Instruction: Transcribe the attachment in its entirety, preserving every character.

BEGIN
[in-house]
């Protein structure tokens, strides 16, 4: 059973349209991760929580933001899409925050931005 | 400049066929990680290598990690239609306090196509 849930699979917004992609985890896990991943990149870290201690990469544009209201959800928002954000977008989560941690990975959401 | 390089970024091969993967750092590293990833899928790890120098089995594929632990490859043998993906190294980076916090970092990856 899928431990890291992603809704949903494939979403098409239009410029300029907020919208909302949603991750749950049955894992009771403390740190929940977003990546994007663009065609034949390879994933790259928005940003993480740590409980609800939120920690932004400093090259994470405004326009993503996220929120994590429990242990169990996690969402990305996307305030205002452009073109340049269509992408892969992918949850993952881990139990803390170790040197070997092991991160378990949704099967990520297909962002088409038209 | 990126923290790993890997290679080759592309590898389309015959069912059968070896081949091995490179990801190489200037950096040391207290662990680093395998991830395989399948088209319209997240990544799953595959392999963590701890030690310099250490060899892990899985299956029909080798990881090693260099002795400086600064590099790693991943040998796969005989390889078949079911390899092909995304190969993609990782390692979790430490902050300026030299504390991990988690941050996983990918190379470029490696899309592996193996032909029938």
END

[in-house]
């Protein structure tokens, strides 16, 4: 059973349209991760929580933001899409925050931005 | 400049066929990680290598990690239609306090196509 849930699979917004992609985890896990991943990149870290201690990469544009209201959800928002954000977008989560941690990975959401 | 390089970024091969993967750092590293990833899928790890120098089995594929632990490859043998993906190294980076916090970092990856 899928431990890291992603809704949903494939979403098409239009410029300029907020919208909302949603991750749950049955894992009771403390740190929940977003990546994007663009065609034949390879994933790259928005940003993480740590409980609800939120920690932004400093090259994470405004326009993503996220929120994590429990242990169990996690969402990305996307305030205002452009073109340049269509992408892969992918949850993952881990139990803390170790040197070997092991991160378990949704099967990520297909962002088409038209 | 990126923290790993890997290679080759592309590898389309015959069912059968070896081949091995490179990801190489200037950096040391207290662990680093395998991830395989399948088209319209997240990544799953595959392999963590701890030690310099250490060899892990899985299956029909080798990881090693260099002795400086600064590099790693991943040998796969005989390889078949079911390899092909995304190969993609990782390692979790430490902050300026030299504390991990988690941050996983990918190379470029490696899309592996193996032909029938």